Mercy Then and Now — Sister Maurita Sengelaub and Mercy Healthcare

Treasuring Our Heritage

Within a few short years of arriving in Pittsburgh in 1843, the Sisters of Mercy spread rapidly throughout the United States. They established foundations in Chicago, Providence, San Francisco, Philadelphia and numerous other cities, always seeking to meet the pressing needs of their new communities.

In 1855, Mercy Sisters began ministering in Baltimore; less than ten years later they were called upon to staff the Douglas Military Hospital in Washington, D.C., and care for injured soldiers during the Civil War. After the end of that bloody conflict, the sisters continued in their mission of providing health care, and on November, 11, 1874—the 33rd anniversary of the death of Catherine McAuley—they took charge of Baltimore City Hospital under the leadership of Sister M. Augustine Gwynne. Founded four years prior by the Washington University School of Medicine, the meager hospital was located in a former schoolhouse, its purpose to care for the poor of Baltimore. In the 1880s, famed composed John Philip Sousa played a benefit concert to help fund the construction of new hospital buildings.

During the Great Depression, Sisters of Mercy helped to feed people the people of Baltimore, who lined up daily behind the hospital. In 1911 the facility became known as Mercy Hospital, and in 1988 changed its name to Mercy Medical Center.

Embracing Our Future

This Mercy legacy of healthcare has been carried forth into the 21st century by hundreds of sisters across the country founding hospitals and serving as administrators, nurses and other health professionals. No sister better embodies the glory of the past and the innovation of the future than Sister Maurita Sengelaub. Sister Maurita celebrated her 100th birthday this year and entered the Sisters of Mercy back in 1945.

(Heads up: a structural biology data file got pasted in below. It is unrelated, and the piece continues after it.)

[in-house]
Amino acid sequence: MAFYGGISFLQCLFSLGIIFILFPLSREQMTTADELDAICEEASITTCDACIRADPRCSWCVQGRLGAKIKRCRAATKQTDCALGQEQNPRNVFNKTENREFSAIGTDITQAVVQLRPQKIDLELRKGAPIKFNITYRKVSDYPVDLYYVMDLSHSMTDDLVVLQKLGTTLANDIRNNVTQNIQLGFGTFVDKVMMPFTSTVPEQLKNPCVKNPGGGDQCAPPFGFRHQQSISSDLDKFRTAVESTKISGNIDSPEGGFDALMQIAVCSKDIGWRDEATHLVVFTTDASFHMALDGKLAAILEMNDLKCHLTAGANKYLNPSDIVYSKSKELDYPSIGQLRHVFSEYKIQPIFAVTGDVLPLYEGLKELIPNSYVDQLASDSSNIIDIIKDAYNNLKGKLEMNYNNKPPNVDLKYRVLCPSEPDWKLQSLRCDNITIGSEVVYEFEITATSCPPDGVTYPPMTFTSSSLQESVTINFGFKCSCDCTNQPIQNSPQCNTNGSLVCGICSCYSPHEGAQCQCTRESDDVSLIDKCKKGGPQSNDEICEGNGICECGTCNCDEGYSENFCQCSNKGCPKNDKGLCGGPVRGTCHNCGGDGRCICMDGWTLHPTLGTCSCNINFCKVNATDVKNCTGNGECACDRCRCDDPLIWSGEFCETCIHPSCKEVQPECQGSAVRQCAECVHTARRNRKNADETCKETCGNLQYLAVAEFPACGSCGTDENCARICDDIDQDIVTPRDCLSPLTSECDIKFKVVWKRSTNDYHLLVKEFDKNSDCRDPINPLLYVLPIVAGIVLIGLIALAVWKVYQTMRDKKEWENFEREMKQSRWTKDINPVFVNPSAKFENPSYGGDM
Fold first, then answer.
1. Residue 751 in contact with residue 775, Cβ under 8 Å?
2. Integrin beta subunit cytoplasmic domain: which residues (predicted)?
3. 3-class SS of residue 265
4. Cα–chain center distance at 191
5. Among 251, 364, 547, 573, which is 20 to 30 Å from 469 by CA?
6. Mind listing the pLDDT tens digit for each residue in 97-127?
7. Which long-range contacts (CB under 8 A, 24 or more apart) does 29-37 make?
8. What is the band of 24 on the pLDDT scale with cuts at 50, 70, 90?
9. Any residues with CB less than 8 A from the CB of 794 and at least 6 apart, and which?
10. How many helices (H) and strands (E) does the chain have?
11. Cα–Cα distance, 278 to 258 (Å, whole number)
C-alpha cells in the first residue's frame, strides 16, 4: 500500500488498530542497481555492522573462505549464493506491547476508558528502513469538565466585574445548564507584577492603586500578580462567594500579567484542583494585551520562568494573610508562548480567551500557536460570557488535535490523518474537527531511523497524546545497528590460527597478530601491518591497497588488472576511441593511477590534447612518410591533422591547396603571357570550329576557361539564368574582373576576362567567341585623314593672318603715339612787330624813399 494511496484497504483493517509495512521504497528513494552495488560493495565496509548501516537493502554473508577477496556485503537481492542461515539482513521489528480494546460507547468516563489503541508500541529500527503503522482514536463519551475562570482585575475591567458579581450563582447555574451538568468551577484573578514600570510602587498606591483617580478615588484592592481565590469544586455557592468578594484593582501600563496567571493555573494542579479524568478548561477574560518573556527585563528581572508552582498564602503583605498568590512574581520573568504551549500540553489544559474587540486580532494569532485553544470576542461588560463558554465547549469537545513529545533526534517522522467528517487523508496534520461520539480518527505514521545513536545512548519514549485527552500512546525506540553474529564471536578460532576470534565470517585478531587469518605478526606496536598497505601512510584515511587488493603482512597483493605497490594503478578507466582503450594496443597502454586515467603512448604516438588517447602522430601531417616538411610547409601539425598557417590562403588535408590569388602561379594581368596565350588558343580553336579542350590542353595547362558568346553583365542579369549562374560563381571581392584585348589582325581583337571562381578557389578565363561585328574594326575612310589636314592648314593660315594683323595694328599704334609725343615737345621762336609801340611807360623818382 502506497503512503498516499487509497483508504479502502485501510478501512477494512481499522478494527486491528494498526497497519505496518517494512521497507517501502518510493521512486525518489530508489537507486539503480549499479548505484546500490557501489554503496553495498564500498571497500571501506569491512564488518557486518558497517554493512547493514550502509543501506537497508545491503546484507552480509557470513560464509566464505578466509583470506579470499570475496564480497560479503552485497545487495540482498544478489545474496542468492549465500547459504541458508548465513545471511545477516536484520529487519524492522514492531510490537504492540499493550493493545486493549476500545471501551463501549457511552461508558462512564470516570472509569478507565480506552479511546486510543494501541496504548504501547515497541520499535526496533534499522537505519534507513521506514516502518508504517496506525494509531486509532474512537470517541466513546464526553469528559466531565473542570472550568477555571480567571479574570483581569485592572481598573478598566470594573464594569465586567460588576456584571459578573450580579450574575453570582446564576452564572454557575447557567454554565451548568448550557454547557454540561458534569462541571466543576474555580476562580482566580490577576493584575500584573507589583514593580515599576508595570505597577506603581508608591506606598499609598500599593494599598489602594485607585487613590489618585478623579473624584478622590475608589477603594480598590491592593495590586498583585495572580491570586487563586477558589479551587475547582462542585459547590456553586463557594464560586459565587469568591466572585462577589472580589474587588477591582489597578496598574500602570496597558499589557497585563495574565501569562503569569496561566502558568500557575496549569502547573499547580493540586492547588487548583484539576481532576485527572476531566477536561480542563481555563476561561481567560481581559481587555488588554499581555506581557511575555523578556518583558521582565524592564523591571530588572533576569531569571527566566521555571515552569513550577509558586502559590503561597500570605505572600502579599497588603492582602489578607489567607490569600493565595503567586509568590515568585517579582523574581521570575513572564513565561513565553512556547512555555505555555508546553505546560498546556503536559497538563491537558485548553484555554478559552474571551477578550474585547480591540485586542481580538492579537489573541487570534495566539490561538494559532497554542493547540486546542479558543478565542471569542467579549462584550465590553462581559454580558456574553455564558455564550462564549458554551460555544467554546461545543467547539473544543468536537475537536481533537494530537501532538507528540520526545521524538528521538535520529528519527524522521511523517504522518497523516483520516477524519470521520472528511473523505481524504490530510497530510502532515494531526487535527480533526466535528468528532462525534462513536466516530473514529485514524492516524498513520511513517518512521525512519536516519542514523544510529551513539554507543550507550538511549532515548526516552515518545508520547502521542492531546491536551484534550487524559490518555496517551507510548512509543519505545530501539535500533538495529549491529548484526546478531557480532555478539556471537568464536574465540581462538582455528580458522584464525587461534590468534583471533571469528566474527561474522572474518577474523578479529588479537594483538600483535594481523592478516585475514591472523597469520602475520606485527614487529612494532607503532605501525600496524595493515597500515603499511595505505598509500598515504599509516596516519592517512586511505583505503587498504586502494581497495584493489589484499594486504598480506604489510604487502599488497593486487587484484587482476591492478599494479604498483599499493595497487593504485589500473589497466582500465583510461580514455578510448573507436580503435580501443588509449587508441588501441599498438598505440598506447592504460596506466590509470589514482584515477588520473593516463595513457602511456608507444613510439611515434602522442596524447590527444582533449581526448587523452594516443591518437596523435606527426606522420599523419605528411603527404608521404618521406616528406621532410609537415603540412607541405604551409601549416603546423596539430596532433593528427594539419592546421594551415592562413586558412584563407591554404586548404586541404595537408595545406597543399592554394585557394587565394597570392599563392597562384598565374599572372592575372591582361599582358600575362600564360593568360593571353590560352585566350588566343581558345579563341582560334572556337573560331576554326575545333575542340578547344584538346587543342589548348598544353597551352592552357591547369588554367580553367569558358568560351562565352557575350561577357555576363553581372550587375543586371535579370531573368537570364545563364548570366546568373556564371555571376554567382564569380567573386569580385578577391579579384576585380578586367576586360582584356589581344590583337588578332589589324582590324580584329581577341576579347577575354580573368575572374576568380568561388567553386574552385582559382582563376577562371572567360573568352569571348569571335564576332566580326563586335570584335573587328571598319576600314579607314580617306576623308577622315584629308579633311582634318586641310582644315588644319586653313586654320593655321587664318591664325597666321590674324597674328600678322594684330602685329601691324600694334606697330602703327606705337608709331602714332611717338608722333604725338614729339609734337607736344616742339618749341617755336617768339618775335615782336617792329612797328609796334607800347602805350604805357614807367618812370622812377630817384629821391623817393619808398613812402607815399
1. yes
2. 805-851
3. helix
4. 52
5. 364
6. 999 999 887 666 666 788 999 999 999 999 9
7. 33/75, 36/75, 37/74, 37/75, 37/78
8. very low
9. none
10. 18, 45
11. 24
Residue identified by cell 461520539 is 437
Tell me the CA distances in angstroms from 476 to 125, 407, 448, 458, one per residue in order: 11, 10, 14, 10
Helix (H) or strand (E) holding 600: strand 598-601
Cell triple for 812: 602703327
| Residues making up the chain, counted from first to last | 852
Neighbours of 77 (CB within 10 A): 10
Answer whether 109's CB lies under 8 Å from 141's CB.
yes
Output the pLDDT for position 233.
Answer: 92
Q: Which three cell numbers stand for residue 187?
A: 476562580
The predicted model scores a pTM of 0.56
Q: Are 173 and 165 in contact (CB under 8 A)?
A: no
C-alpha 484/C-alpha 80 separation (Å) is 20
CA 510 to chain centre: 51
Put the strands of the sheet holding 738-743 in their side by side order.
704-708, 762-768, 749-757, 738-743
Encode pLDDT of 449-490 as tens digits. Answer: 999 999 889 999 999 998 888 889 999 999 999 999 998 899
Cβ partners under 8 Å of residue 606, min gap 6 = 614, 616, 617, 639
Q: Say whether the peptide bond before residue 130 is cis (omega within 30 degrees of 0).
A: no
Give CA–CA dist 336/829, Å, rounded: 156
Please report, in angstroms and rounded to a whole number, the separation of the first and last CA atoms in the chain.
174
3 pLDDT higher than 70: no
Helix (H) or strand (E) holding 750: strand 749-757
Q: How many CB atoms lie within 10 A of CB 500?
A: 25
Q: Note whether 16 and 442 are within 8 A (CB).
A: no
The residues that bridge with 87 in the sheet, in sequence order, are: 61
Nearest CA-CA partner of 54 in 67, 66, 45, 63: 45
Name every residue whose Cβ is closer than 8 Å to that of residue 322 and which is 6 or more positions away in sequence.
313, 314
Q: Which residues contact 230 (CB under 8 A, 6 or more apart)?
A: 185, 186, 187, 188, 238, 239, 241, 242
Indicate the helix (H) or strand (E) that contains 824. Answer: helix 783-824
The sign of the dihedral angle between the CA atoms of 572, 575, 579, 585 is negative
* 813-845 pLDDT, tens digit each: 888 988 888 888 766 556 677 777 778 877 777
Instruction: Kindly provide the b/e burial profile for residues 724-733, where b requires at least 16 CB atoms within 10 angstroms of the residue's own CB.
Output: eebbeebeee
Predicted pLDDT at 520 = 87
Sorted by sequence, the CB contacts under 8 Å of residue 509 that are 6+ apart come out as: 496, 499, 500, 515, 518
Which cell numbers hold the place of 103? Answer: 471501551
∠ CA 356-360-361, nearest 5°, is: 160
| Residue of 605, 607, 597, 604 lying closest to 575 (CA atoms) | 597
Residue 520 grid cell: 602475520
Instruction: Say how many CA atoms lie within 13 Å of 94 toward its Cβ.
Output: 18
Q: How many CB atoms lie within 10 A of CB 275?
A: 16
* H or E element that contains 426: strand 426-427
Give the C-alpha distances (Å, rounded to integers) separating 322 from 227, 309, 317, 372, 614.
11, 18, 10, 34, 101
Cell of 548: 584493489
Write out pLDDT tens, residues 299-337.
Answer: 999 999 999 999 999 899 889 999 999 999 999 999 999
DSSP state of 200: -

In that time, Sister Maurita left an indelible mark on healthcare. She served as a nursing administrator and teacher at several Mercy institutions and was involved with all levels of healthcare, developing hospitals, healthcare organizations, health systems and services. Her ministry took her throughout the United States, India, Australia, Argentina, and many other countries. She became the first woman religious to serve as executive director of Catholic Hospital Association, a major leadership role in Catholic health ministry. She also helped address migrant worker health by forming the National Migrant Worker Council, and collaborated with the Sisters of St. John to help Australia develop its first Catholic health care system

Sister Maurita’s accomplishments are incredible but her faith and life as a Sister of Mercy are what truly matter to her:

“My faith and life as a Sister of Mercy are summed up in my ring motto: “All for you, Oh Jesus.”It is what has guided my life and everything I have had the privilege to do. It is what still strengthens my life. It continues to guide me each day.”